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Bakersfield teen beats COVID-19 and post viral syndrome

ADAM BLACK.png
ADAM BLACK.png

Adam Black was a healthy 17-year-old when he was diagnosed with COVID-19 in June.

"It was so weird because I couldn't taste my toothpaste and I was like this is not normal," Adam said.

He had no underlying conditions and beat the virus just fine, but two weeks after his self-isolation period things took a turn for the worse. Adam said one morning he woke up in unimaginable pain.

"It literally felt like I had been hit by a bus. Everything hurt, it was the worst pain I had ever been in," Adam said.

Adam had a fever, body aches, was vomiting, and had extremely low blood pressure causing him to faint.

After a few hospital visits in Bakersfield, doctors couldn’t figure out what was wrong with him, so they rushed Adam to Valley Children’s Hospital in Madera.

Dr. Molly Dorfman a pediatric intensivist with Valley Children’s said Adam arrived in a shocked-like state.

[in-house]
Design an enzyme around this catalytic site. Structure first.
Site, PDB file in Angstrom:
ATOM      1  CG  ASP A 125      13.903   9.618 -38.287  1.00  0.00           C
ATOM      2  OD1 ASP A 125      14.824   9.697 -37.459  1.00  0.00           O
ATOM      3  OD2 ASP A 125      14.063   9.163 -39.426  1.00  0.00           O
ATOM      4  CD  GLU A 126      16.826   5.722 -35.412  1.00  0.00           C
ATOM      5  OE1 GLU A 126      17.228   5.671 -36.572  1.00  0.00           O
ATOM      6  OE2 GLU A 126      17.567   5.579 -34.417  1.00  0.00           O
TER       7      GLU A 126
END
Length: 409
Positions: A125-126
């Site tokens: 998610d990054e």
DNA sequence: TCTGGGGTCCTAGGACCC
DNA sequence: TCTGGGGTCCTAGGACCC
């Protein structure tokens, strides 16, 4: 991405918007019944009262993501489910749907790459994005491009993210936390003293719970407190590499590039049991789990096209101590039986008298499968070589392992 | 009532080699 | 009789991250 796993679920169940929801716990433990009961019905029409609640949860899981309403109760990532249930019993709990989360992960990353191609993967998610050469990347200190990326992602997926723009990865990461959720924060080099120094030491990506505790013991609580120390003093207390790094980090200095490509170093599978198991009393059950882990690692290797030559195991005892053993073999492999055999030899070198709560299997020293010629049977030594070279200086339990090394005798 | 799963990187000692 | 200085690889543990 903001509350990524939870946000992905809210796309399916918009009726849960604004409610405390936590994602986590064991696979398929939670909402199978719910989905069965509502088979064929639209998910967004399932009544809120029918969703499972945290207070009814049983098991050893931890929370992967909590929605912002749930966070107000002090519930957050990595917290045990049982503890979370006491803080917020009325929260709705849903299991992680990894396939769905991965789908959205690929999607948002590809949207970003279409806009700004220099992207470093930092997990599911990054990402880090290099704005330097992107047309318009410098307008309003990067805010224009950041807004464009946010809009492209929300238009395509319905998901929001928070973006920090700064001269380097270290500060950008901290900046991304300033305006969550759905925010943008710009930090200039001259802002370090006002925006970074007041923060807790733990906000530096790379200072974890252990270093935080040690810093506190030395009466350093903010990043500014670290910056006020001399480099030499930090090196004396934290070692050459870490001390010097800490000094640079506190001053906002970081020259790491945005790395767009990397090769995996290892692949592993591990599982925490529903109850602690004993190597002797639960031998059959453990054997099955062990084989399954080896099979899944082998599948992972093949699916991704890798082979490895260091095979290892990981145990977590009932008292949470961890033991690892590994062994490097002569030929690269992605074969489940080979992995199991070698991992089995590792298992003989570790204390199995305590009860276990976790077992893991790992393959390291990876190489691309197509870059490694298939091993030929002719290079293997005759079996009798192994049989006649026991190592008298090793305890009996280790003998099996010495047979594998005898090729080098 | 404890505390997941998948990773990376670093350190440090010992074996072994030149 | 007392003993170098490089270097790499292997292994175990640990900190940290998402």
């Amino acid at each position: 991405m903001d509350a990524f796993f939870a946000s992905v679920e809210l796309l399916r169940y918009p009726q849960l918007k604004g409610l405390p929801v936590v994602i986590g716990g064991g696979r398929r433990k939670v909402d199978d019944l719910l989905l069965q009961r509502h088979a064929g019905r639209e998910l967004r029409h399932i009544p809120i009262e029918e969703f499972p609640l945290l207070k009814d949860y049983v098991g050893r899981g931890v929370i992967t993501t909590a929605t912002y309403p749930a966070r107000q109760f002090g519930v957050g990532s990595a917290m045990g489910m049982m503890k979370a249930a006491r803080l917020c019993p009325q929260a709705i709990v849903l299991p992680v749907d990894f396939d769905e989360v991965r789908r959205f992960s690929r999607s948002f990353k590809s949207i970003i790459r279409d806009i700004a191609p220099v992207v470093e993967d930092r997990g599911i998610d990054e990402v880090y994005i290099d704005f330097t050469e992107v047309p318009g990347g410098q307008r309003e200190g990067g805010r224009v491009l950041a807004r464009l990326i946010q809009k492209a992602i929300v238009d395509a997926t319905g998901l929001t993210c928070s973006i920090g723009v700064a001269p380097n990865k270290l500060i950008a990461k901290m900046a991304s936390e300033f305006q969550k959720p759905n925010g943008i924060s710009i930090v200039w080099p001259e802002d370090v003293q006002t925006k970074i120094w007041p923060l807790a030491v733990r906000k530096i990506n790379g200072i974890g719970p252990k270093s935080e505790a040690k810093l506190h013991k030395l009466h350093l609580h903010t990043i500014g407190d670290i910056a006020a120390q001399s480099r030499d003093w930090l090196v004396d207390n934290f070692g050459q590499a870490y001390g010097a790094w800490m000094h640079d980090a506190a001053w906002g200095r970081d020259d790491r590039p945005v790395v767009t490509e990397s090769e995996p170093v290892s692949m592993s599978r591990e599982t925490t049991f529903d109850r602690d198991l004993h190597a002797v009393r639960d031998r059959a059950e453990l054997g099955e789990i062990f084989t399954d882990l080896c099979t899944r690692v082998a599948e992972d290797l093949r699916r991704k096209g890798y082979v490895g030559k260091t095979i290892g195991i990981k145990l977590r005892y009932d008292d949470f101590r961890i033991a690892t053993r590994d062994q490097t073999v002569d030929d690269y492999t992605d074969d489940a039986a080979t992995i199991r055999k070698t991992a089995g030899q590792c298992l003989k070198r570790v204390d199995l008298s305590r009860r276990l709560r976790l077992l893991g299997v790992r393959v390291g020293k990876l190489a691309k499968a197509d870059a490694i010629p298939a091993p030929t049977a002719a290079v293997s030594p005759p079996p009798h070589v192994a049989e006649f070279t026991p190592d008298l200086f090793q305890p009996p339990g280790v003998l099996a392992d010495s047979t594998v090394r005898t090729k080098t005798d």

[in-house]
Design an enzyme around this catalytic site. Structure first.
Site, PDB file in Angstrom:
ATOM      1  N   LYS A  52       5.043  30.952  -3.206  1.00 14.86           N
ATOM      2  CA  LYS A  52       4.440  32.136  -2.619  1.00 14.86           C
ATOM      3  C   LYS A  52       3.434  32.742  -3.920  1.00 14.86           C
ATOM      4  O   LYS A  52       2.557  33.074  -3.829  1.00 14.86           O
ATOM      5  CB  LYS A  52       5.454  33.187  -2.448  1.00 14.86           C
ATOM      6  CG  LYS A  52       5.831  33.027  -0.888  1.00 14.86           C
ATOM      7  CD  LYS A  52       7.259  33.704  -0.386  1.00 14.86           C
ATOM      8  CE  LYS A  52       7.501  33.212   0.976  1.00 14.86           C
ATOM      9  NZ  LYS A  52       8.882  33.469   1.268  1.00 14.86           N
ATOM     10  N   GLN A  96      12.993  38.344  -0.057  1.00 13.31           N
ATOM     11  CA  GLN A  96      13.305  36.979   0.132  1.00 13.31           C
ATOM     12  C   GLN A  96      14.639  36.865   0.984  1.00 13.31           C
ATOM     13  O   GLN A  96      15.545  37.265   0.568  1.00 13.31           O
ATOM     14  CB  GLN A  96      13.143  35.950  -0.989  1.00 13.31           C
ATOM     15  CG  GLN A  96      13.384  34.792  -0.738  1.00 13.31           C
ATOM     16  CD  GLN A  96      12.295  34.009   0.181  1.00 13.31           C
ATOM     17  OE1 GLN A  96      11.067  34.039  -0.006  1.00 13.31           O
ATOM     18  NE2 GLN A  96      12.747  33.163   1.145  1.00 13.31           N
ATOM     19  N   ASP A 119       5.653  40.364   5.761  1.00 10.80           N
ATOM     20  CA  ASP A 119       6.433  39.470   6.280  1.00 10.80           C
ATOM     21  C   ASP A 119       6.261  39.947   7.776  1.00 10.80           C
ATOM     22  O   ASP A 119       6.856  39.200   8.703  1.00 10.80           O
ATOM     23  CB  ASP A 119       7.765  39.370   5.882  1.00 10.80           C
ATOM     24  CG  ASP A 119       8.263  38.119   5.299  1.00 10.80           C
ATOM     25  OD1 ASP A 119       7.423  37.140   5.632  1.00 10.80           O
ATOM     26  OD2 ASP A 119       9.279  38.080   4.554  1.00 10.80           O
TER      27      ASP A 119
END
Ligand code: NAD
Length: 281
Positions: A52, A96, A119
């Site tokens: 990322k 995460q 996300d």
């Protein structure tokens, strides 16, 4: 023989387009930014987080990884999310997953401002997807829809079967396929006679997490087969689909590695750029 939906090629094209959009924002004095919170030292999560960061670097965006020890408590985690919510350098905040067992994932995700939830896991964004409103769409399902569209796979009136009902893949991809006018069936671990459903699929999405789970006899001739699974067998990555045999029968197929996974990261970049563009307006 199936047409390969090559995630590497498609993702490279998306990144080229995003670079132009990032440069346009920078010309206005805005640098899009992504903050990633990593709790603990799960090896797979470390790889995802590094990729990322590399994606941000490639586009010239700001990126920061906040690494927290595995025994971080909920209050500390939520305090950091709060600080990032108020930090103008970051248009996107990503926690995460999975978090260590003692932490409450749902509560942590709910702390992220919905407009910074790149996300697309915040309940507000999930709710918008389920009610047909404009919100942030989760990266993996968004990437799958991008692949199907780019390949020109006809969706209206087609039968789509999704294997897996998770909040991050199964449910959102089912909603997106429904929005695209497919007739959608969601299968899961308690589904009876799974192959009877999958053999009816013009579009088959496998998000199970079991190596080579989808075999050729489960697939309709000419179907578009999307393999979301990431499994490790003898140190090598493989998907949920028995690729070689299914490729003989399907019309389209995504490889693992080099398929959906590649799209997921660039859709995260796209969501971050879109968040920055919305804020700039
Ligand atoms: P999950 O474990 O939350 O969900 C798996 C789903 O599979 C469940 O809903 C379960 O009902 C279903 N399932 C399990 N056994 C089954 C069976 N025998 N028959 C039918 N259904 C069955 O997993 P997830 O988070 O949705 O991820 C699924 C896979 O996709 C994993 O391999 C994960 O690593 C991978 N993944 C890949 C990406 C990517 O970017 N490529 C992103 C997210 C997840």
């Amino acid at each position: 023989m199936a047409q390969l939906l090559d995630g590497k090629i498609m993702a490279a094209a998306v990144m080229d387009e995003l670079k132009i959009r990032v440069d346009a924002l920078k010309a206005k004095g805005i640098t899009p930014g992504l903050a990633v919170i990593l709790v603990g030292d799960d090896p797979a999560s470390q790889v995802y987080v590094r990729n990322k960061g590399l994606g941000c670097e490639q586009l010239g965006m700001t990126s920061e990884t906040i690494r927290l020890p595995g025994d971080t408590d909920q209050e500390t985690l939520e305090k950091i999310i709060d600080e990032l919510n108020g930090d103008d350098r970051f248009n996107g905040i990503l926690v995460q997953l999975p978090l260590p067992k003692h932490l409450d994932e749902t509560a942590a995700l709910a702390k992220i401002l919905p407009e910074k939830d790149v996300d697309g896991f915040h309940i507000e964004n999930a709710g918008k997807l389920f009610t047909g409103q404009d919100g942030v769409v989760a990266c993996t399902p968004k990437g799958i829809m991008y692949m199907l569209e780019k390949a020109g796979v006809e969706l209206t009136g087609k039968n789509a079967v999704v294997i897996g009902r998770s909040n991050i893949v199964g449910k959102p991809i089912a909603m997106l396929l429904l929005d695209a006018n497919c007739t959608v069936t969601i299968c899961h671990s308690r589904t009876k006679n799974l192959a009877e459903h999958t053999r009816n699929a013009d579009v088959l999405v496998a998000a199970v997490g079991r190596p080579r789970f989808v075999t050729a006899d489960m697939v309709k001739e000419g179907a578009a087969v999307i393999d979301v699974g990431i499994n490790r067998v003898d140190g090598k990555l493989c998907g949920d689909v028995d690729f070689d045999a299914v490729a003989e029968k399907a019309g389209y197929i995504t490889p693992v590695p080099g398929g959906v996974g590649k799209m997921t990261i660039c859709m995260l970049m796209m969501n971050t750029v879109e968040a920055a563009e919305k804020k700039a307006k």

Adam was diagnosed with Multisymptom Inflammatory syndrome in Children or MIS-C. It’s a post-viral syndrome that attacks healthy parts of the body and cusses severe inflammation. It’s specific to coronavirus and doctors are seeing this more and more in kids and teens.

"It's basically the body having an abnormal reaction to the coronavirus illness This is not abnormal. Viruses, because of how, and I hate to say this, but how dumb they are but also how smart they are will dysregulate the body's system,” Dorman said.

In Adam’s case, the antibodies leftover from coronavirus stacked his heart.

"I'm lying there and they're very concerned because they think at any minute my heart could stop beating," Adam said.

Doctors had to shock Adam’s system multiple times. Adam’s dad said it was the hardest thing he’s ever had to watch.

Adam spent two weeks at Valley Children’s under constant care and stories like his are not uncommon. Doctors are seeing this MIS-C syndrome more and more as the virus spreads, but because of this, there is a clear course of treatment and Adam is living proof as he walked out of the hospital on Wednesday.

"Yeah they wanted to wheel me out in a wheelchair and I was like no, no. I want to walk,” Adam said.